Dubai to build underwater tennis arena?


Architectural firm 8 + 8 Concept Studio has released a series of renderings for an underwater tennis court in Dubai that features a transparent, curved glass roof designed to keep water out and allow players and spectators to see fish swimming above.

Designed by Krzysztof Kotala, owner of Warsaw-based 8 + 8 Concept Studio, the Polish architect is currently looking for investors to turn the unconventional idea into reality and believes it could have strong commercial potential. “This will be something original. It should be somewhere where there is a tradition of tennis. Dubai is the perfect place for this idea.”

However some engineers have warned that such a design could be prohibitively expensive and extremely difficult to realize. Sarah Fray, director of engineering and technical services at the Instituiton of Structural Engineers in London, told MailOnline that one of the biggest challenges would be to create a large span of glass to cover the court. She said this would have to be at least 108ft wide to accommodate the court and spectators.

Currently, flat panels of glass can be manufactured in single pieces around 32ft long but new machinery would have to be invented to make larger panes of curved glass, the type of which would be needed for the design.

“The more joints there are, the more likely it would leak,” Fray said. “The design would also need to be thought out in terms of how it would react to an impact. Any boat would have to be kept well clear and a dropped anchor would destroy it,” she warned, adding that the design would have to withstand earthquakes and tsunamis too.

“The technological challenges are big, but the human challenges are bigger,” she said, explaining that there would have to be a way for the structure to be connected to the surface and easily evacuate people in the event of an emergency.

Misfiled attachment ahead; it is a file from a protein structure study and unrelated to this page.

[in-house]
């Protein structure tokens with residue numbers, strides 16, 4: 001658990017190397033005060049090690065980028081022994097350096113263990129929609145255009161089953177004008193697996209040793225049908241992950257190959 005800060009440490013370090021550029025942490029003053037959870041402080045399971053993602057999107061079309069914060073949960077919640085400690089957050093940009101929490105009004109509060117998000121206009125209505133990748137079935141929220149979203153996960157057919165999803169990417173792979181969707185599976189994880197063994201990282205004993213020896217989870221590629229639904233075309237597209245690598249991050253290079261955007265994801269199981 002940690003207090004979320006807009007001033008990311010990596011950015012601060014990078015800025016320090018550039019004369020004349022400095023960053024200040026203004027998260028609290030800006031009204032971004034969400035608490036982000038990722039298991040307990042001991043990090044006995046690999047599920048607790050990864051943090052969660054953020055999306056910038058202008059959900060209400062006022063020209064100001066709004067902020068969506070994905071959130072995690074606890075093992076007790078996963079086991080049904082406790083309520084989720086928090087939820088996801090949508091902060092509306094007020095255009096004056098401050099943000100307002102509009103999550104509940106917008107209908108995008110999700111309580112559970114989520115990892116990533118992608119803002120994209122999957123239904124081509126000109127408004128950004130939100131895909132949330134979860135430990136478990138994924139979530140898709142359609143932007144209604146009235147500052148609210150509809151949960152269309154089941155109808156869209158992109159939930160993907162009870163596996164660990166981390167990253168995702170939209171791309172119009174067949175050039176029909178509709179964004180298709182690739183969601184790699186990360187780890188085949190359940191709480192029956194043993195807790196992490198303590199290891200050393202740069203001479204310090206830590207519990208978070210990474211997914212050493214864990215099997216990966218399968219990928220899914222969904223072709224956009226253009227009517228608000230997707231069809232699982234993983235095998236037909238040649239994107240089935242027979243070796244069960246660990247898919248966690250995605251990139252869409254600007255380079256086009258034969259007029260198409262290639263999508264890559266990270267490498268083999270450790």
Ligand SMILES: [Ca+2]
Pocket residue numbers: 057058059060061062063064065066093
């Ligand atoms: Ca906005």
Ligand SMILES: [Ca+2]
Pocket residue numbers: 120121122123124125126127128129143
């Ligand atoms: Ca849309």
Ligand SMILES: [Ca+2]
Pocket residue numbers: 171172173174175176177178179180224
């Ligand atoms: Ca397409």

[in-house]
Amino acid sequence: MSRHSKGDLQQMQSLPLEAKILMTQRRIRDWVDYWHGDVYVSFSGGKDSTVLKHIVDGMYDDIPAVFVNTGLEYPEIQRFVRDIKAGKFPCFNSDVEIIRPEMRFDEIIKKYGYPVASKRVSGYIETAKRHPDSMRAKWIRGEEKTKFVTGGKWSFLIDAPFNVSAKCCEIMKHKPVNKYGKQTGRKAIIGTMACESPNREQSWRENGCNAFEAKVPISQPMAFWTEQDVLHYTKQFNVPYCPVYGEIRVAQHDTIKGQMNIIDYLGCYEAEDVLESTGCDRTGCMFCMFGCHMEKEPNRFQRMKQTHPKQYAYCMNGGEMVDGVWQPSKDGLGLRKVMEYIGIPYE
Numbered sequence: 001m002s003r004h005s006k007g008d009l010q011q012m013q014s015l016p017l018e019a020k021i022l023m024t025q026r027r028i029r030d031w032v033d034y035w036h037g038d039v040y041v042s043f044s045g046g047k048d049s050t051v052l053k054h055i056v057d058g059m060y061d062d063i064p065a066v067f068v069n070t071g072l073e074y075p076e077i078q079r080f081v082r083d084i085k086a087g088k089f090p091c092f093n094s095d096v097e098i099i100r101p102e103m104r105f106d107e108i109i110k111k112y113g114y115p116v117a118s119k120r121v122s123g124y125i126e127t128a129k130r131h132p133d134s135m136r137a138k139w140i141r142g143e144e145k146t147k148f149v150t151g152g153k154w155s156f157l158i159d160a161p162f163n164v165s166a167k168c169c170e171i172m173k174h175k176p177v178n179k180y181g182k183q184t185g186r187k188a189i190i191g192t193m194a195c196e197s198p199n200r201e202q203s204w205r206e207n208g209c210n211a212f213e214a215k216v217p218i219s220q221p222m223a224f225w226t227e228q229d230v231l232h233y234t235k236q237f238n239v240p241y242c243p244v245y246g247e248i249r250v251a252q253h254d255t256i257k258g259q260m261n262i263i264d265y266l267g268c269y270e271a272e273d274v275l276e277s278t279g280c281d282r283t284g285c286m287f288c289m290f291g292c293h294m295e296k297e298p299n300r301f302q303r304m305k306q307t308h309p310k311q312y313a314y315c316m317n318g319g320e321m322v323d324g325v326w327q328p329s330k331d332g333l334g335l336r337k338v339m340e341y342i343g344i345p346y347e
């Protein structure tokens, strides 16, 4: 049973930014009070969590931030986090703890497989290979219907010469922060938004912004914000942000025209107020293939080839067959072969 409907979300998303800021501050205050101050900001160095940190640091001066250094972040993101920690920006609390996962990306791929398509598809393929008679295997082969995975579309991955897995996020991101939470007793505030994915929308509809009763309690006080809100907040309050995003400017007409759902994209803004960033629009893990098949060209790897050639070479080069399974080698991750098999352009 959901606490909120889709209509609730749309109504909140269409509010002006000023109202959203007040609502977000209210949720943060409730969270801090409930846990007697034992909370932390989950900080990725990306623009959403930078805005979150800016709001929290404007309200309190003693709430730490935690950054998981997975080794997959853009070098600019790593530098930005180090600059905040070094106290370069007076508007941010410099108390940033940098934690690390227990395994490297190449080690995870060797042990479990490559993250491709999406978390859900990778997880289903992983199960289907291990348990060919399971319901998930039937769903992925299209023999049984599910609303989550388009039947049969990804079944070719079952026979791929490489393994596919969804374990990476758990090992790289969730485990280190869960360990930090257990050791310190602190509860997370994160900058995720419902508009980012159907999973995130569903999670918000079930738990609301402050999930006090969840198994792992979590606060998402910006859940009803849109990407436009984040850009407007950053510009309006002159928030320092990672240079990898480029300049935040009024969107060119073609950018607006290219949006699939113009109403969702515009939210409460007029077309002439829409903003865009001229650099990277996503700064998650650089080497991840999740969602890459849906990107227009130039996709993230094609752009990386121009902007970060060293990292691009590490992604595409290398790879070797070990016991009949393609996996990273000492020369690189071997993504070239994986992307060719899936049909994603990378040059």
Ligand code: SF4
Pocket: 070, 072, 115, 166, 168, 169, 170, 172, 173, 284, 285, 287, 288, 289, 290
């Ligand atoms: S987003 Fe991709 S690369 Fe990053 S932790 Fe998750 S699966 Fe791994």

However, she conceded that the arched shape of the underwater court is the best way of resisting pressure, the likes of which would be vast, particularly if the court was submerged at a decent depth beneath the waves.

“The arch is the right sort of structural shape but the challenge of making technology to create huge pieces of glass for a stadium event is enormous – and the glass would weigh possibly a hundred tons. It would also have to be incredibly thick to cope with the pressure exerted by the water.”

If funds were raised to build the arena it would be difficult to construct and would have to be built ‘wet’, she explained. “You’d have to construct a watertight base, sit the glass on top and seal it and then pump the water out.”

Ms Fray said that while getting the court into position there would be feasible, constructing and moving the materials above the waves would be a monumental challenge and cost an incredible amount of money. “I would be surprised if someone could afford to do this,” she said, adding, “It would make Wimbledon’s retracting roof quite cheap [in comparison]”.

There is also the question of whether, if built, the stadium would be any good for a game of tennis. “I don’t know if you could play tennis in it – there’s light refracting above and I don’t know how you’d control it,” she said. “I can’t imagine players not finding the fish distracting either.”

Will Stewart, a fellow of the Institution of Engineering and Technology (IET) said that the design may not appear as bright inside as the concept images suggest. He explained the glass would have to be many feet thicker at the edges than at the center of the arch, so views of the ocean would not be as bright as they are in the concept pictures.

“Water in general and seawater in particular is not colorless, meaning that the outside may look murky. Pure water is greeny blue, seawater varies but is more colored,” he told MailOnline.

“For this reason it gets dark quite quickly as you go down in the sea, so the depth of water would have to be more limited than the diagrams suggest if the court was not to be totally dark.”

May 15, 2015

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